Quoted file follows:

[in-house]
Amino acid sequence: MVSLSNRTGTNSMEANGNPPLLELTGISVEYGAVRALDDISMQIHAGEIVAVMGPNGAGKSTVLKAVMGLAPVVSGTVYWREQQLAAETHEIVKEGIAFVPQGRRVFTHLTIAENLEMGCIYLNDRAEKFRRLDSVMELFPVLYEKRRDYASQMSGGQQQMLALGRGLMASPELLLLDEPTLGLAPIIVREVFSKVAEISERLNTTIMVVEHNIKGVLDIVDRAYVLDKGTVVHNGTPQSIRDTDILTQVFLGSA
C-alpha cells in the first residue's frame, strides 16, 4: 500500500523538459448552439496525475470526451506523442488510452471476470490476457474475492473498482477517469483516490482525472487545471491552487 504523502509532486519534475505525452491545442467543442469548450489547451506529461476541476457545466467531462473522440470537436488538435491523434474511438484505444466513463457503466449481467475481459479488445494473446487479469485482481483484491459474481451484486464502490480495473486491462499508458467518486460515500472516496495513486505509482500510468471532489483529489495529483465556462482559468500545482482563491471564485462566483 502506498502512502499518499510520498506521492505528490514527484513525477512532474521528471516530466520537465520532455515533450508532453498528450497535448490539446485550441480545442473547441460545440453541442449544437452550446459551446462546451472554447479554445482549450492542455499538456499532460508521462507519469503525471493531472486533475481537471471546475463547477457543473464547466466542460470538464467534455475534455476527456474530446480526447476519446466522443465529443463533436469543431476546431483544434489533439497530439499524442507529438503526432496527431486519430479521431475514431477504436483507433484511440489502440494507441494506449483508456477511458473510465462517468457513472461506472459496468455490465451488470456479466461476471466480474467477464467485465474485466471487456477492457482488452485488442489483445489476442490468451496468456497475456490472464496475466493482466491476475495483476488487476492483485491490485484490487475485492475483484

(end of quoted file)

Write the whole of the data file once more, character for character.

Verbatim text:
[in-house]
Amino acid sequence: MVSLSNRTGTNSMEANGNPPLLELTGISVEYGAVRALDDISMQIHAGEIVAVMGPNGAGKSTVLKAVMGLAPVVSGTVYWREQQLAAETHEIVKEGIAFVPQGRRVFTHLTIAENLEMGCIYLNDRAEKFRRLDSVMELFPVLYEKRRDYASQMSGGQQQMLALGRGLMASPELLLLDEPTLGLAPIIVREVFSKVAEISERLNTTIMVVEHNIKGVLDIVDRAYVLDKGTVVHNGTPQSIRDTDILTQVFLGSA
C-alpha cells in the first residue's frame, strides 16, 4: 500500500523538459448552439496525475470526451506523442488510452471476470490476457474475492473498482477517469483516490482525472487545471491552487 504523502509532486519534475505525452491545442467543442469548450489547451506529461476541476457545466467531462473522440470537436488538435491523434474511438484505444466513463457503466449481467475481459479488445494473446487479469485482481483484491459474481451484486464502490480495473486491462499508458467518486460515500472516496495513486505509482500510468471532489483529489495529483465556462482559468500545482482563491471564485462566483 502506498502512502499518499510520498506521492505528490514527484513525477512532474521528471516530466520537465520532455515533450508532453498528450497535448490539446485550441480545442473547441460545440453541442449544437452550446459551446462546451472554447479554445482549450492542455499538456499532460508521462507519469503525471493531472486533475481537471471546475463547477457543473464547466466542460470538464467534455475534455476527456474530446480526447476519446466522443465529443463533436469543431476546431483544434489533439497530439499524442507529438503526432496527431486519430479521431475514431477504436483507433484511440489502440494507441494506449483508456477511458473510465462517468457513472461506472459496468455490465451488470456479466461476471466480474467477464467485465474485466471487456477492457482488452485488442489483445489476442490468451496468456497475456490472464496475466493482466491476475495483476488487476492483485491490485484490487475485492475483484